“If you want science to deliver for society, you need to support a capacity to understand that society.”
A remarkable and contentious aspect of UK science policy is the extent to which the REF rankings will determine funding. The trend has been for such exercises to concentrate funding sharply towards the upper tiers of the rankings.
Most important in the current context is whether an over-dependence on funding formulae will undermine the nation’s abilities to meet its future needs. A preliminary analysis by a policy magazine, Research Fortnight, reaches a pessimistic conclusion for those who believe that the social sciences are strategically important: given the REF results, the social sciences will gain a smaller slice of the pie than the size of the community might have suggested. If that reflects underperformance in social science at a national scale, and given the strategic importance of these disciplines, a national ambition in, for example, sociology, anthropology and psychology that reaches beyond the funding formula needs to be energized.
A reader of the government’s science and innovation strategy (go.nature.com/u5xbnx) might reach the same conclusion. Its fundamental message is to be welcomed: understandably focusing on enhancing economic growth, it highlights the need for support of fundamental research, open information, strategic technologies and stimuli for business engagement and investment. But there is just one sentence that deals with the social sciences and humanities: a passing mention in the introduction that they are included whenever the word ‘science’ is used.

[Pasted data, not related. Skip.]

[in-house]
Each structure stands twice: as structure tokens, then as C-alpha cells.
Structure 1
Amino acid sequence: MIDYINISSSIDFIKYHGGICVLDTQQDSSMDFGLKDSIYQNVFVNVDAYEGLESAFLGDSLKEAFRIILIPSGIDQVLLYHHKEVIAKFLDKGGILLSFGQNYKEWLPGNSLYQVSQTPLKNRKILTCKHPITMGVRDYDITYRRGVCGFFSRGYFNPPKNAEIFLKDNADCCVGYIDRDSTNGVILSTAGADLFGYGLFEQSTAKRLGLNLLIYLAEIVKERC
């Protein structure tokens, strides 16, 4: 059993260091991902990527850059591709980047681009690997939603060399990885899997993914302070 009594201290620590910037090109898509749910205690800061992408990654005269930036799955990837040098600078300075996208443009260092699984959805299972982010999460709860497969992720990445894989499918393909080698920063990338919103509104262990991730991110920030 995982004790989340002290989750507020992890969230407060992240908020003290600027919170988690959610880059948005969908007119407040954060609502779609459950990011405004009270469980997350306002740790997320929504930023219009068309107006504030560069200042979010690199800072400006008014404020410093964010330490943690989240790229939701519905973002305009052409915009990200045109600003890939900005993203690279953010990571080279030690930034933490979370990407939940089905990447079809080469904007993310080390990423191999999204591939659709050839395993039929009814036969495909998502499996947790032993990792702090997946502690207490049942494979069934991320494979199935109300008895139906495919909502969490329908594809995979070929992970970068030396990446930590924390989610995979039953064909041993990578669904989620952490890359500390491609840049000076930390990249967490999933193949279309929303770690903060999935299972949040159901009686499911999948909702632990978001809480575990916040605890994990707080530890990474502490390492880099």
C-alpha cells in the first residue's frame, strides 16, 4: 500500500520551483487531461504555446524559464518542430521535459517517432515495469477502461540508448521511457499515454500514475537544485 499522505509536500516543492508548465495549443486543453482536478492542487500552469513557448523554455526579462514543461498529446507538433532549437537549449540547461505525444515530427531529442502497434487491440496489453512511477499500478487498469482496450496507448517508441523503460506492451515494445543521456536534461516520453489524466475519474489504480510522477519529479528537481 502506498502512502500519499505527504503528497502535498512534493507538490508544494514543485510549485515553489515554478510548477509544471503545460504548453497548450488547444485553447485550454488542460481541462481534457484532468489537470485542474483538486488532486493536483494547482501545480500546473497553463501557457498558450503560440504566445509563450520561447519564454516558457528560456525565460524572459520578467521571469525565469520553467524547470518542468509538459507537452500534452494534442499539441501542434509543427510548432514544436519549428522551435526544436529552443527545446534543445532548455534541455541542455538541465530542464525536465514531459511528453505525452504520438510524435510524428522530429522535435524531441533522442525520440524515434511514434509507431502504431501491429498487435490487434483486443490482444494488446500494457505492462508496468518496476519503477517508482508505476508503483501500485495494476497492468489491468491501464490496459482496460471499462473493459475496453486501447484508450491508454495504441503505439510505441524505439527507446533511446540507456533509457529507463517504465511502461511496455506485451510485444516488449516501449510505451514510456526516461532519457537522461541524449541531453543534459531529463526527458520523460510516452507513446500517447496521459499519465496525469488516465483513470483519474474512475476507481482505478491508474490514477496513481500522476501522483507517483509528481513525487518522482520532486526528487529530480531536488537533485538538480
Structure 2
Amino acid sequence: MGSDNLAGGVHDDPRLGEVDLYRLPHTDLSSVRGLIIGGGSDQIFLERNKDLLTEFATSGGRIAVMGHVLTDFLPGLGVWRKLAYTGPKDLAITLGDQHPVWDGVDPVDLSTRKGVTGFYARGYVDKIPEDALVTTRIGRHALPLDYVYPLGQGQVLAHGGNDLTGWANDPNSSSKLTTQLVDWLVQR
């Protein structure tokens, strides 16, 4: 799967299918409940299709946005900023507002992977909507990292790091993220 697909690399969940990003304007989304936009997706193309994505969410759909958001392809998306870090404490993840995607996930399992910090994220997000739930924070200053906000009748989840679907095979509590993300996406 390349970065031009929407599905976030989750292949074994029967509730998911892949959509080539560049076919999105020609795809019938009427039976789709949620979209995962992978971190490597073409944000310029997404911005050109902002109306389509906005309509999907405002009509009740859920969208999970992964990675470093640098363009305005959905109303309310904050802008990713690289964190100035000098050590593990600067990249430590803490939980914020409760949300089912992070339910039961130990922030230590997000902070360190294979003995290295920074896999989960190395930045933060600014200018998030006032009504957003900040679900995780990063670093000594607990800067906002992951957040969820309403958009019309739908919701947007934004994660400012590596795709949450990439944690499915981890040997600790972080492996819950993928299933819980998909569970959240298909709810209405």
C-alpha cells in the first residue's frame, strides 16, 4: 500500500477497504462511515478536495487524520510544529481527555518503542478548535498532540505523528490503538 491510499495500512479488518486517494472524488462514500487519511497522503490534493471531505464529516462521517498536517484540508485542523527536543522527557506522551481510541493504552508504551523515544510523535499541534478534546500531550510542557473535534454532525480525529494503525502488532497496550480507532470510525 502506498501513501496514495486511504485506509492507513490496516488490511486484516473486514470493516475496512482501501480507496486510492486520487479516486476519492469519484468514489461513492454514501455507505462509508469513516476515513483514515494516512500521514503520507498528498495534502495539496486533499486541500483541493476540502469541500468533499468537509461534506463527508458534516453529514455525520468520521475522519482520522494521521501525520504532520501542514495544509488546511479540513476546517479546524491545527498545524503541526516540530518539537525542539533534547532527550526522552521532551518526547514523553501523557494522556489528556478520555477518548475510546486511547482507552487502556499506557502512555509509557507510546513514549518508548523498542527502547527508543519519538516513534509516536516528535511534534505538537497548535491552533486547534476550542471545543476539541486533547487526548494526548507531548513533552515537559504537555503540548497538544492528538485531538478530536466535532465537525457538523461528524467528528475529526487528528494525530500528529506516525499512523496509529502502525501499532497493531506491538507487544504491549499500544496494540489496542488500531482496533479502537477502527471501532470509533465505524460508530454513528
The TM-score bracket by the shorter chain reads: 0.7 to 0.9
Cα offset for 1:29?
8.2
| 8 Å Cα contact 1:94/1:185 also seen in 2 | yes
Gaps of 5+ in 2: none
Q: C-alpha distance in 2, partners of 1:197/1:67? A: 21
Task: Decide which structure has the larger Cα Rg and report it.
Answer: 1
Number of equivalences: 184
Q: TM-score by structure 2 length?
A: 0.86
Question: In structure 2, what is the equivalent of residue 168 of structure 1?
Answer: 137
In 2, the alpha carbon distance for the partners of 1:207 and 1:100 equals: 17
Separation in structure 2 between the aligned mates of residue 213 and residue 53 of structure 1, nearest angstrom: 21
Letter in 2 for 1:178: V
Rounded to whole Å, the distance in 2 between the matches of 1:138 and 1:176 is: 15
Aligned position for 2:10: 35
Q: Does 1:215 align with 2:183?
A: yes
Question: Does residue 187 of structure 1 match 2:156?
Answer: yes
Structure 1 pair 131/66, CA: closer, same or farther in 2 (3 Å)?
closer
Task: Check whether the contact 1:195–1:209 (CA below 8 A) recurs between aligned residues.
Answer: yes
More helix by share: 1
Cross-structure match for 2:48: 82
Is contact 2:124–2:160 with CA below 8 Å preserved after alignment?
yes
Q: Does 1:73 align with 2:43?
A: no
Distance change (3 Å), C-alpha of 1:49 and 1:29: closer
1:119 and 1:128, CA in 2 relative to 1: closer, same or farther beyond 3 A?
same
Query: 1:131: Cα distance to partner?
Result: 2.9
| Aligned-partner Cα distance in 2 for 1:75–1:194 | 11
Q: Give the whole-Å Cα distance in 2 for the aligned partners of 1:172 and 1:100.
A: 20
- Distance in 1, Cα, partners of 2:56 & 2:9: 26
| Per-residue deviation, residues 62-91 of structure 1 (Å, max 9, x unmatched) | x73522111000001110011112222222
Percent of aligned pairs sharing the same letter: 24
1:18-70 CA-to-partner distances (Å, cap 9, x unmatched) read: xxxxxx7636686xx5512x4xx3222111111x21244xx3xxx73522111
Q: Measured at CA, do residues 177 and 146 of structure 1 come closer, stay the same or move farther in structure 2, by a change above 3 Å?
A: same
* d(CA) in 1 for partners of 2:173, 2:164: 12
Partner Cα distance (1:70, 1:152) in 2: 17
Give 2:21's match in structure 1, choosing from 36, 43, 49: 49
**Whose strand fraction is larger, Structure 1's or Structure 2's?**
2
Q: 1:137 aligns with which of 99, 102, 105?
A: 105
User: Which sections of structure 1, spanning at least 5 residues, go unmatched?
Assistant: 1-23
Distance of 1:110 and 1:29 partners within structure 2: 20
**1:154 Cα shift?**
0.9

Credit to both chief science adviser Mark Walport and his predecessor, John Beddington, for their explicit and proactive engagement with the social sciences. This year’s report, ‘Innovation: managing risk, not avoiding it’ (see go.nature.com/lwf1o7), demonstrates a commitment to inclusivity: it is a compendium of opinion and reflection from experts in psychology, behavioural science, statistics, risk, sociology, law, communication and public engagement, as well as natural sciences.
An example of the report’s inclusive merits can be found in the sections on uncertainty, communication, conversations and language, in which heavyweight academics highlight key considerations in dealing with contentious and risk-laden areas of innovation. Case studies relating to nuclear submarines, fracking and flood planning are supplied by professionals and advocates directly involved in the debates. This is complemented by discussions of the human element in estimating risk from the government’s behavioural insights team, as well as discussions of how the contexts of risk-laden decisions play a part. Anyone who has a stake in science or technology that is in the slightest bit publicly contentious will find these sections salutary.
The report’s key message should be salutary for policy-makers worldwide. If you want science to deliver for society, through commerce, government or philanthropy, you need to support a capacity to understand that society that is as deep as your capacity to understand the science. And your policy statements need to show that you believe in that necessity.